One of the downsides of running a guesthouse with visitors eager to learn about life in SA is that you have the same conversations, (albeit with different people) every day. In the beginning it was fun, as we liked to ‘tell our story’, and we were so enthusiastic about our new lives we were definitely in danger of becoming bores. But as time went by we realised that the questions were ALWAYS THE SAME.
Sometimes, relaxing over a glass of wine before dinner, when the anecdotes seemed quite entertaining, becoming more so as the evening wears on, it was bearable.
Sometimes, in the morning, when we were desperately trying to ensure every guest was served on time, kept happy, had their eggs done to order and their toast hot – while “Mr Chatty” was determined to find out your opinion on South African politics, the best route to Canishner (Knysna), what is that bird, how high the mountain is, and how much crime /people /nightlife is there in Swellendam…….it was not very bearable at all.
The question that is asked more than any other, (and would have made us financially independent for the rest of our lives if we could only find a way of being paid for the answer) was …. “Why Swellendam?”
People actually asked us this as they sat on our deck in the sunshine, being entertained by sunbirds, weavers, cape white eyes, bulbuls, olive thrushes and drongoes, looking out at the beautiful Langeberg Mountains and down into the valley where sits the beautiful church. They were delighted by the harmony and friendship surrounding them. And they still asked the bloody question.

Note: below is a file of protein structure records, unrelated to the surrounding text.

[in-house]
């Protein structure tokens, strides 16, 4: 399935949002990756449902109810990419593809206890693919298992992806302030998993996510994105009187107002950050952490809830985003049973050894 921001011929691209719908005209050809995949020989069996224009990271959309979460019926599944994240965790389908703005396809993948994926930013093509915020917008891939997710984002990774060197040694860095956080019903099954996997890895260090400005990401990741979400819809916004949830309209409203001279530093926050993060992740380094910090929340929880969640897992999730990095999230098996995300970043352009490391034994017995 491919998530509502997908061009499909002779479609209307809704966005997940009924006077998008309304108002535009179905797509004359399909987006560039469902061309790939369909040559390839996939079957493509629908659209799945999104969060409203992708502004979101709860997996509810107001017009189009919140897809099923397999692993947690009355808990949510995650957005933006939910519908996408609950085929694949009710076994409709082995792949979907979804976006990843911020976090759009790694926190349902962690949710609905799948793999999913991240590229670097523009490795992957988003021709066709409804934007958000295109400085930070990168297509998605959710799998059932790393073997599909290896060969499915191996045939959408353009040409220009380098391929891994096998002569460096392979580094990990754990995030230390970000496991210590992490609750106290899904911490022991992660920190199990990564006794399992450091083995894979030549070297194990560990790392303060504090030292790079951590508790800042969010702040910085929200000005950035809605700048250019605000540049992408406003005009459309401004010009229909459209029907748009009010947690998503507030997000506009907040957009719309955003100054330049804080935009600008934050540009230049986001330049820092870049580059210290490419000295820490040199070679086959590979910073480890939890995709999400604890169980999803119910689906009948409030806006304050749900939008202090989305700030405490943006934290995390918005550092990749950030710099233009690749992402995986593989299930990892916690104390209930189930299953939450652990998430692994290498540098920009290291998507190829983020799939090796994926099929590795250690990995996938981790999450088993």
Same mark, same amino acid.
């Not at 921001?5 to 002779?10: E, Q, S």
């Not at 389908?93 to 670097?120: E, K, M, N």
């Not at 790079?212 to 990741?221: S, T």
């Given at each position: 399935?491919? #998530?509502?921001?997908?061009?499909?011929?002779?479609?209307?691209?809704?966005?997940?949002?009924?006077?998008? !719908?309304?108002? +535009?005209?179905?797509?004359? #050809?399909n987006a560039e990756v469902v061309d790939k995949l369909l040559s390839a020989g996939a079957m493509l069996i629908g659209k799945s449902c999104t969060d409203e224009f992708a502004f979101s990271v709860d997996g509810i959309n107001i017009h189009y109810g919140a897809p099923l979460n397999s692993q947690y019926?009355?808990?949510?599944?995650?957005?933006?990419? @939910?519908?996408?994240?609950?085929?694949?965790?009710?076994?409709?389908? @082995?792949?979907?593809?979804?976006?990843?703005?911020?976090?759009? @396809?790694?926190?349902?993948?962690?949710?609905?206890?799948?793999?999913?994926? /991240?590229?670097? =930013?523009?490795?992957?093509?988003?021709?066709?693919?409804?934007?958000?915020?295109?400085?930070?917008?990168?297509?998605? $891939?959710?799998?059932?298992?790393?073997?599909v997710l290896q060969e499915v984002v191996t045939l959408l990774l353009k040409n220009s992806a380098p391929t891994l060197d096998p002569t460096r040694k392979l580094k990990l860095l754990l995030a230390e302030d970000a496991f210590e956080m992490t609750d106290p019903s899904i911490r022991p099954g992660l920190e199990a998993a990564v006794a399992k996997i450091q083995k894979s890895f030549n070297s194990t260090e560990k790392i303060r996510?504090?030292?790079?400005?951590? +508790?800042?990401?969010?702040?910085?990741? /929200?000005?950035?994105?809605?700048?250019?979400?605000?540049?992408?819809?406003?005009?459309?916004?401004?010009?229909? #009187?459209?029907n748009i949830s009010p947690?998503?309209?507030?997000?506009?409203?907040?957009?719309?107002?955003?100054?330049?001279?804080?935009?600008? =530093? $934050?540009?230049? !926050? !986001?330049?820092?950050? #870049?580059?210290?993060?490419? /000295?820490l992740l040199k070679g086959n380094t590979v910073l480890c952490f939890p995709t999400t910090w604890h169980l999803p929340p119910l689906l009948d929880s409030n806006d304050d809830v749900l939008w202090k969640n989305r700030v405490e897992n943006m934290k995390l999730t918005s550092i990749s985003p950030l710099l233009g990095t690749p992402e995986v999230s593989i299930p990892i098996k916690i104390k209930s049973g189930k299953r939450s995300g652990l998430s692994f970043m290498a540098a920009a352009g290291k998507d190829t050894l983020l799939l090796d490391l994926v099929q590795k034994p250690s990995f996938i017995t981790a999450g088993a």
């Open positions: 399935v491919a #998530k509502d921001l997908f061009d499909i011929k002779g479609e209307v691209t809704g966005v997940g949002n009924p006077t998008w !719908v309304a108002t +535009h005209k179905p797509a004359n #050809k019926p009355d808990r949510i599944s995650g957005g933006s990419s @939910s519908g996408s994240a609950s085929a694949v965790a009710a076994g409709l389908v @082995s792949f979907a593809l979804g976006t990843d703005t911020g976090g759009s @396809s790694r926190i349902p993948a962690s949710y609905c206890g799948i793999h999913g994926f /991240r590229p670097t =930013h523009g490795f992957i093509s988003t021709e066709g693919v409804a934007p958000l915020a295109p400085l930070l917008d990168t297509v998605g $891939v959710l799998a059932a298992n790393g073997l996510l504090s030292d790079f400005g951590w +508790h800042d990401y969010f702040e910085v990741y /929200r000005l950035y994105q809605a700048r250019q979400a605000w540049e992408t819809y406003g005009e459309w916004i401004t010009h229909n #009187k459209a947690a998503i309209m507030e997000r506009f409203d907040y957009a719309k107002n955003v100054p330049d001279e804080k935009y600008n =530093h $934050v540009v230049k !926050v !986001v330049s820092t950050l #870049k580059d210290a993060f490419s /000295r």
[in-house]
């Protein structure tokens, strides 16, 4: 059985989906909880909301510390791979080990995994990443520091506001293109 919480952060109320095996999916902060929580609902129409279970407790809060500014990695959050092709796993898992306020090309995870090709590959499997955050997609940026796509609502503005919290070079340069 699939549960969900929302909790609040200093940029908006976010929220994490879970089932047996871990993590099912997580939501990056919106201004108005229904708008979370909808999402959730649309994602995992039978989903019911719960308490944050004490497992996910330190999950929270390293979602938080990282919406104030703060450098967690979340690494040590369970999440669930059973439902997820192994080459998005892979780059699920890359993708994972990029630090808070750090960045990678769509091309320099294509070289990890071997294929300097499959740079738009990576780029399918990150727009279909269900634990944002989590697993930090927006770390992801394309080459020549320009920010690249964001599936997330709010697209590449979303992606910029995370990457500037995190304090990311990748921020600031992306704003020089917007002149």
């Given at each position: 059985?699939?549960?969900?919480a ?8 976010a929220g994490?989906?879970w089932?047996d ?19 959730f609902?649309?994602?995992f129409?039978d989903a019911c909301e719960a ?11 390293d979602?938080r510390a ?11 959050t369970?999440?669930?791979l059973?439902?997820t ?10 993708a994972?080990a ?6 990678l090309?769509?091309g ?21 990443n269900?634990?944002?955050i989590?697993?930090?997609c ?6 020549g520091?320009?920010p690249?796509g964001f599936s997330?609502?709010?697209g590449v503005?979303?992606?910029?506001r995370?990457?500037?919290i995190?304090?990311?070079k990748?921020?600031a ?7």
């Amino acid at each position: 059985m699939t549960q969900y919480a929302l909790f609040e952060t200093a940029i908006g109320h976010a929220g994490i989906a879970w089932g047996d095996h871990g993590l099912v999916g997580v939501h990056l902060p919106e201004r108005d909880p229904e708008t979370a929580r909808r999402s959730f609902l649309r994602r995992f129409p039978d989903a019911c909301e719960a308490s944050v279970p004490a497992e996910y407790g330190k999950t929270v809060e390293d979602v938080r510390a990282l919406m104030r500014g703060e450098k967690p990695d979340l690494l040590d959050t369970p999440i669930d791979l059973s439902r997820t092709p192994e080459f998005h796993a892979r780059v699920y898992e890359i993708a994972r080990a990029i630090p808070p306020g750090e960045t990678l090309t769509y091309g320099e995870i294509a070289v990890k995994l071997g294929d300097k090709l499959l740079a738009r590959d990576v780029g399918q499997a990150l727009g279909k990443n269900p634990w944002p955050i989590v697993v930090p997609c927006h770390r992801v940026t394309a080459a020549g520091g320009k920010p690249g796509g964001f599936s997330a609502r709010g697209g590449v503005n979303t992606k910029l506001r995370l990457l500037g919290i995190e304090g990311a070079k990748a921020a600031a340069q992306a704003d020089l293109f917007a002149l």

We were often tempted to respond flippantly … “It was the only place where the police / family / ex-wife/ wouldn’t be able to track us” “The drugs are cheap” “Oops, we thought it was Stellenbosch – oh no – what have we done!” but you could never be sure how far your sense of humour will carry you when dealing with guests, (the spectre of Trip Advisor always loomed large) so we generally stuck to the truth, though occasionally I just shrugged and waved airily at the beautiful view and say “That’s why”.
So …. here are some of the reasons we chose Swellendam, and also some of the reasons why we hope never to leave here. I printed the original list out and placed it in a folder with accompanying photos and placed it on the Breakfast table to help Mr and Mrs Chatty and all the little Chattys – but it was to no avail. Visitors like hear your stories first hand ….
IN NO PARTICULAR ORDER
- BEAUTY: Swellendam is stunningly beautiful. The mountains which shelter the valley in which Swellendam lies are always changing: you can never get tired of the shifts in hue, the effect of light and shade as the sun rises and falls, occasional dramatic golden fringes when fire takes hold, the sparkling waterfalls after heavy rain, in winter the crisp white frosting, and the ever changing effects of clouds – folding and rolling over the top.
- HISTORY: The town is stuffed with history and the beautiful architecture of the buildings give testament to the vision and tenacity of the early settlers. The NG Kerk is one of the most photographed churches in South Africa, and the Drostdy Museum is a far cry from the stodgy brick dull museums of my UK childhood
Bloemfontein Huisie, originally housing Jack and Anna Bloemfontein and their twelve children, and still in the ownership of the same family – is a reminder of the simple life – unencumbered by technology. There are all sorts of wonderful stories about the Swellendammers of old – who (allegedly) declared Swellendam a Republic and the Hermanus Steyn the President of the world. Prior to colonisation, the area was home to many tribes of the Khoisan People and the grave of Laang Elsie, tall female tribe leader of one of the fourteen local tribes can be seen in Bontebok Park.